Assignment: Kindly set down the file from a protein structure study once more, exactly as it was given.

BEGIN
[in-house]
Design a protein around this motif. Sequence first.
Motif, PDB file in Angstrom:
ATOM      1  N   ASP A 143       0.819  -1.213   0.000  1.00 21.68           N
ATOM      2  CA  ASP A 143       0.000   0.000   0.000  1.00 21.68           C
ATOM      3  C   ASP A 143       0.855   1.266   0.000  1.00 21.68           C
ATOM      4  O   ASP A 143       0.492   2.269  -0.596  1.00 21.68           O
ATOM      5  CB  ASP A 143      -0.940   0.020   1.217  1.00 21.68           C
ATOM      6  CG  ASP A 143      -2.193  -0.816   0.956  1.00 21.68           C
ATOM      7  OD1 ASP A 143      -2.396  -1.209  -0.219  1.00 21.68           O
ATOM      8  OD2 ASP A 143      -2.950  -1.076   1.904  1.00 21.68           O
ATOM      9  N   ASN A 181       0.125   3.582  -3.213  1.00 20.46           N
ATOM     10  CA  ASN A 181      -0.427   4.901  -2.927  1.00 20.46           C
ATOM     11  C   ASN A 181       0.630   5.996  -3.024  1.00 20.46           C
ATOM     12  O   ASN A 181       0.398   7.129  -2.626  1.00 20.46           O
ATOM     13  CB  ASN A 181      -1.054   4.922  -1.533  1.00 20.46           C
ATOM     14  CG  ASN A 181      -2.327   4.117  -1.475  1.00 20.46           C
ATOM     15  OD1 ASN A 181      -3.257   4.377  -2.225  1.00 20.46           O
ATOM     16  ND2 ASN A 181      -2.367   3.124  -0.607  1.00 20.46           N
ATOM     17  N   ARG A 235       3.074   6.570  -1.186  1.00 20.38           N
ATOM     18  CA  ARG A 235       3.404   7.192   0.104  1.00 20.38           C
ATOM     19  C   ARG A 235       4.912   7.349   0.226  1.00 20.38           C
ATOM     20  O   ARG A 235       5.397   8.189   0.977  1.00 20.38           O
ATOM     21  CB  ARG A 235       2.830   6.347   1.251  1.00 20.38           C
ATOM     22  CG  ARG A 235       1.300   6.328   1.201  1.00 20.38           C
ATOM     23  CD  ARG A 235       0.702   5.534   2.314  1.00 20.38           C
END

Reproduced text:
[in-house]
Design a protein around this motif. Sequence first.
Motif, PDB file in Angstrom:
ATOM      1  N   ASP A 143       0.819  -1.213   0.000  1.00 21.68           N
ATOM      2  CA  ASP A 143       0.000   0.000   0.000  1.00 21.68           C
ATOM      3  C   ASP A 143       0.855   1.266   0.000  1.00 21.68           C
ATOM      4  O   ASP A 143       0.492   2.269  -0.596  1.00 21.68           O
ATOM      5  CB  ASP A 143      -0.940   0.020   1.217  1.00 21.68           C
ATOM      6  CG  ASP A 143      -2.193  -0.816   0.956  1.00 21.68           C
ATOM      7  OD1 ASP A 143      -2.396  -1.209  -0.219  1.00 21.68           O
ATOM      8  OD2 ASP A 143      -2.950  -1.076   1.904  1.00 21.68           O
ATOM      9  N   ASN A 181       0.125   3.582  -3.213  1.00 20.46           N
ATOM     10  CA  ASN A 181      -0.427   4.901  -2.927  1.00 20.46           C
ATOM     11  C   ASN A 181       0.630   5.996  -3.024  1.00 20.46           C
ATOM     12  O   ASN A 181       0.398   7.129  -2.626  1.00 20.46           O
ATOM     13  CB  ASN A 181      -1.054   4.922  -1.533  1.00 20.46           C
ATOM     14  CG  ASN A 181      -2.327   4.117  -1.475  1.00 20.46           C
ATOM     15  OD1 ASN A 181      -3.257   4.377  -2.225  1.00 20.46           O
ATOM     16  ND2 ASN A 181      -2.367   3.124  -0.607  1.00 20.46           N
ATOM     17  N   ARG A 235       3.074   6.570  -1.186  1.00 20.38           N
ATOM     18  CA  ARG A 235       3.404   7.192   0.104  1.00 20.38           C
ATOM     19  C   ARG A 235       4.912   7.349   0.226  1.00 20.38           C
ATOM     20  O   ARG A 235       5.397   8.189   0.977  1.00 20.38           O
ATOM     21  CB  ARG A 235       2.830   6.347   1.251  1.00 20.38           C
ATOM     22  CG  ARG A 235       1.300   6.328   1.201  1.00 20.38           C
ATOM     23  CD  ARG A 235       0.702   5.534   2.314  1.00 20.38           C